Q&A with Paolo Giordano,
author of THE HUMAN BODY
author of THE HUMAN BODY
Paolo Giordano is the author of the critically acclaimed international bestseller THE SOLITUDE OF PRIME NUMBERS, which has been translated into more than forty languages. He has a PhD in particle physics and is now a full-time writer. He lives in Italy. THE HUMAN BODY is his second book.
1.) Much of your first book, THE SOLITUDE OF PRIME NUMBERS, came from your background as a theoretical physicist, yet THE HUMAN BODY centers on a very different landscape: a battalion of soldiers at war. How were you able to tap into the mindset of these characters and paint them as realistically as the characters in your first book?
I was in Afghanistan twice as an embedded journalist in the Italian Army, in December 2010 and December 2011. These experiences, though short, were enough for me to grasp the details I needed about military life, about the conflict (of which I didn’t fully know beforehand) and about the place. The point is that these details are always the easiest part in a novel. What is truly difficult, in any kind of story, is to build real, living characters.
Because there are many characters in the book, this process took many months, and I think I approached it in a very similar way to SOLITUDE. I tried to give to each soldier a part of my own personality and a few of my memories and developed him/her starting from those. I’m not sure whether the result is a complete and faithful picture of people serving in the Army, but for sure it is a wide picture of the currents that flow inside of me – a sort of spectral analysis of my inner self.
2.) How do most Italians feel about their country’s involvement in Afghanistan? How did that shape the way you wanted to tell this story?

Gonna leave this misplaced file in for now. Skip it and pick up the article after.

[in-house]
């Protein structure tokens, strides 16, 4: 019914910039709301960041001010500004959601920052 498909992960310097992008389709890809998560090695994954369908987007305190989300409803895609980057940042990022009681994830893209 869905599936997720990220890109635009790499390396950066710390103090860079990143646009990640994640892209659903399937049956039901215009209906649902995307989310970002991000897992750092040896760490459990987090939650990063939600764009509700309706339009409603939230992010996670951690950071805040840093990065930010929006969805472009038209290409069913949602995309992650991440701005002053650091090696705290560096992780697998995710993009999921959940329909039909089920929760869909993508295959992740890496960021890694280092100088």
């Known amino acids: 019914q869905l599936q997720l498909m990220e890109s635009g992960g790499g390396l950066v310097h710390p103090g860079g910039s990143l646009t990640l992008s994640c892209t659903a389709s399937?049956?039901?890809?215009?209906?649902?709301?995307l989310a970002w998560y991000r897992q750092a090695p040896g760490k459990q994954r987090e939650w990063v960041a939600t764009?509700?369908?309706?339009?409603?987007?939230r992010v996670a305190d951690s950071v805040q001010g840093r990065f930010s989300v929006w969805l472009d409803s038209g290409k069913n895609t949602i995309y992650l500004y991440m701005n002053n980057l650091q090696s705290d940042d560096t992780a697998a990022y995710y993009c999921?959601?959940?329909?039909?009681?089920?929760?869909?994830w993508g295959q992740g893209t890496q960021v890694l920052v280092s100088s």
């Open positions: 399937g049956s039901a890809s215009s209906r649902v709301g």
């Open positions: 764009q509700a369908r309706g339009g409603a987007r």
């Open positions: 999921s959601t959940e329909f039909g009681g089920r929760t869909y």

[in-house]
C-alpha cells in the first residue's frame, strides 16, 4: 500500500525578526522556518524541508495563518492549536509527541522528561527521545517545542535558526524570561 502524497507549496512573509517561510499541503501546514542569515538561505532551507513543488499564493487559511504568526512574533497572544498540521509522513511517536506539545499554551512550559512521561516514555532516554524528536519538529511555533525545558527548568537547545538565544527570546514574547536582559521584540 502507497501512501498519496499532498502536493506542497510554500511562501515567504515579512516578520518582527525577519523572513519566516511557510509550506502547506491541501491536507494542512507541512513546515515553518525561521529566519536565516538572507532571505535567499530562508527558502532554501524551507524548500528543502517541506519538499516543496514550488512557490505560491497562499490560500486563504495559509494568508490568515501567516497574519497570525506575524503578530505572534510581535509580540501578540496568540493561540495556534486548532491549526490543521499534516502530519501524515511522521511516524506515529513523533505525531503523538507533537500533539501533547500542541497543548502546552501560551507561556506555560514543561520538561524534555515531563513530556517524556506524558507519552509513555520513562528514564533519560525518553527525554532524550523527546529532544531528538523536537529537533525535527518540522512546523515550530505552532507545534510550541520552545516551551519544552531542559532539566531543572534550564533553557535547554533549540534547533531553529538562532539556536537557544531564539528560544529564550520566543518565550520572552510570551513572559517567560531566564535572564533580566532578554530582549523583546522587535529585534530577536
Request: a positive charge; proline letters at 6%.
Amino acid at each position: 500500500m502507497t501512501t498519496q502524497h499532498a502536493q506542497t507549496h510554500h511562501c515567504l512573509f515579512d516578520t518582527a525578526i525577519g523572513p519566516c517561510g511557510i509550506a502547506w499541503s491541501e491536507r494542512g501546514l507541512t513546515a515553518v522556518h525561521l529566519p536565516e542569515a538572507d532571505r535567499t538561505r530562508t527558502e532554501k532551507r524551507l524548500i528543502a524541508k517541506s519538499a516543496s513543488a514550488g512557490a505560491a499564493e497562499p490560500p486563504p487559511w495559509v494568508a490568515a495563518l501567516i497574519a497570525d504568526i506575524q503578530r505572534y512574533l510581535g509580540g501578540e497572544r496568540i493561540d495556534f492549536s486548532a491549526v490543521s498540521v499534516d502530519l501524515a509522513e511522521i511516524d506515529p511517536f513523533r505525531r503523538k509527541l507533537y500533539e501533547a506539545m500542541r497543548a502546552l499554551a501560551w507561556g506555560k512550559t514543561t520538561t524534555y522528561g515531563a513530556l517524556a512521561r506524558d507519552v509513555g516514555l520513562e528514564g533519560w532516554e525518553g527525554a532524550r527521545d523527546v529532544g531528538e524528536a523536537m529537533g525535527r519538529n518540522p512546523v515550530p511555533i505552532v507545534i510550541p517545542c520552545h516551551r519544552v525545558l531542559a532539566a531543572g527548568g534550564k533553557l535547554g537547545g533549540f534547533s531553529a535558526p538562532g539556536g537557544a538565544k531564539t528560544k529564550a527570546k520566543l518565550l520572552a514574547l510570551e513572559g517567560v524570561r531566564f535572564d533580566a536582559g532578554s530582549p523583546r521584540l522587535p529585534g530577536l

Most Italians—and I was among them before thinking of this book—are simply detached from the mission in Afghanistan. There is a sort of collective removal about the conflict, though we have many soldiers involved in it, and though this war has been going on for more than ten years now. The overall feeling is that we shouldn’t be there at all and that the mission hasn’t brought any meaningful result, but there is no real discussion about it—the issue is simply avoided, unless in the 24 hours after the loss of an Italian soldier. This sort of indifference involves the military life as a whole: only the people involved seem to care about it. I live very close to these big barracks in Turin, surrounded by high walls. I used to go jogging in the park nearby and, until I started thinking of this book, I didn’t ask myself what happened inside there—it was something that didn’t concern me at all.
3.) What spurred your decision to write about the soldiers in your novel? Did you have past military experience?
No direct experience. The military service in Italy is not mandatory anymore and I would have hated doing it at eighteen years old. Ten years later, though, I realized that I had some sort of longing for a time spent among people of my same age, a longing for a collective experience (still, not for weapons). Life driven by studies doesn’t provide many occasions for living among others like you (in Italy we seldom spend the college years in campuses etc.). Also, by the time I decided to do my first trip to Afghanistan, I felt a mysterious attraction towards war. I’d just readTHE NAKED AND THE DEAD by Norman Mailer and couldn’t figure out what exactly in that book struck me so much. I had to go there and find out.
4.) Similar to the characters in SOLITUDE, many of the characters in THE HUMAN BODY are outsiders, shy or introverted, which contrast with the “alpha-male” stereotype of a soldier. What draws you to characters that are sometimes socially awkward and not comfortable in their own skin?
There are also a few alpha-males in the novel. But that’s, as you suggest, a stereotype and literature should always avoid stereotypes (or play with them). I met many different people in the Army, but most of them were more of the introvert kind. I had the feeling that many young boys ended up there, looking for a way out of something—families, the places where they grew up in. I think they were looking for a shelter, more than fighting. I found this very moving and very close to my own sensibility. That’s basically what drove me to write about them—I could very easily imagine myself in their shoes.
5.) THE HUMAN BODY has already drawn some impressive comparisons to the great war stories of the last century—LAWRENCE OF ARABIA author Scott Anderson cited Heller’s CATCH-22 as an apt comparison. Do you think writing about war has changed as the nature of war itself has changed?